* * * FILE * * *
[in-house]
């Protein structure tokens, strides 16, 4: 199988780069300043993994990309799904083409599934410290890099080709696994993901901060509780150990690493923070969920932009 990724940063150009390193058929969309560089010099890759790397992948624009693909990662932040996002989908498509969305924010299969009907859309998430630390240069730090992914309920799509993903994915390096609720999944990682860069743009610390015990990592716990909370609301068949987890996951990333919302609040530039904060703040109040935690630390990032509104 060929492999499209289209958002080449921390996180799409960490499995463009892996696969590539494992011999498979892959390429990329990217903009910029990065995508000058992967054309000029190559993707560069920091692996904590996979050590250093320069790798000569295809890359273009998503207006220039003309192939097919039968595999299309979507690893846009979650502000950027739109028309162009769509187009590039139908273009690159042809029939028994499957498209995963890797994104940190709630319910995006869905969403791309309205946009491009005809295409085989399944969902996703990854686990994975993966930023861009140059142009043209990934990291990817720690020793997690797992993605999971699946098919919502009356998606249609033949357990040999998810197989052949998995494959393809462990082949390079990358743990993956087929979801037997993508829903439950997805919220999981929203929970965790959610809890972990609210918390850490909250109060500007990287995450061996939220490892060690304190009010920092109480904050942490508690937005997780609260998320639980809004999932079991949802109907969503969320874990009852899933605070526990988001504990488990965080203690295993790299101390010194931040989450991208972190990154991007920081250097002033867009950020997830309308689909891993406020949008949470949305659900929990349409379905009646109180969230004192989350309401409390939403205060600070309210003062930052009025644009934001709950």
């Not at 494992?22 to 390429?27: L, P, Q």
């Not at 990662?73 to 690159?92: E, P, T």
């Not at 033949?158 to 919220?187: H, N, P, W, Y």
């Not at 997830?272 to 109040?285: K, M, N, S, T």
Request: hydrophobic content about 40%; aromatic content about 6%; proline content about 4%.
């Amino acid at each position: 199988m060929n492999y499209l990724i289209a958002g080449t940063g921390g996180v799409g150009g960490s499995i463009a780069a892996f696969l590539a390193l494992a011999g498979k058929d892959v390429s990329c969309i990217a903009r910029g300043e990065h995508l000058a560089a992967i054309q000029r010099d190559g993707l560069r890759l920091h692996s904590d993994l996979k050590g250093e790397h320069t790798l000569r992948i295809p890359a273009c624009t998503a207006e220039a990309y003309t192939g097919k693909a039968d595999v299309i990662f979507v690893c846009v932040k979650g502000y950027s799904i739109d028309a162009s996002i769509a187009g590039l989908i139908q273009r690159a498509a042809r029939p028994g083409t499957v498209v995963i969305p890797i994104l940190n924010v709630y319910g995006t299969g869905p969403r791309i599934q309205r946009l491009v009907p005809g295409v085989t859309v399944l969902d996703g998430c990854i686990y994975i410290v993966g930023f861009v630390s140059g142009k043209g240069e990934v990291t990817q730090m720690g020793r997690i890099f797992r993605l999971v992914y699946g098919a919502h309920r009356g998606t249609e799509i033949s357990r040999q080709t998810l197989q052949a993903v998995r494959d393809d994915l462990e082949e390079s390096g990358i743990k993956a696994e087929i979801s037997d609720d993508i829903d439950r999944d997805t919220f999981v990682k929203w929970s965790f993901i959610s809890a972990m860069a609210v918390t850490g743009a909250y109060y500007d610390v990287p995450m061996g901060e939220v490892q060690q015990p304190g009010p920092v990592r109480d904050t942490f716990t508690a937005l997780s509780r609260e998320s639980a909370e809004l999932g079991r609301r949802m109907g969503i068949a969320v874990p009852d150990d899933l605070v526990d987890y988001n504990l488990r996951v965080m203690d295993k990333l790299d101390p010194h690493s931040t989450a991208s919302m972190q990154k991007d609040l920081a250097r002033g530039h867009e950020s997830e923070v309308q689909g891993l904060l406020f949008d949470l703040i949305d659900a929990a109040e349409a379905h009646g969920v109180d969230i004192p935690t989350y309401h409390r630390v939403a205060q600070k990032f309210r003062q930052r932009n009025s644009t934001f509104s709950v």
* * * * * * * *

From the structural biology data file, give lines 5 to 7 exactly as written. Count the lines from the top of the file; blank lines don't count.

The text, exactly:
């Not at 033949?158 to 919220?187: H, N, P, W, Y």
């Not at 997830?272 to 109040?285: K, M, N, S, T």
Request: hydrophobic content about 40%; aromatic content about 6%; proline content about 4%.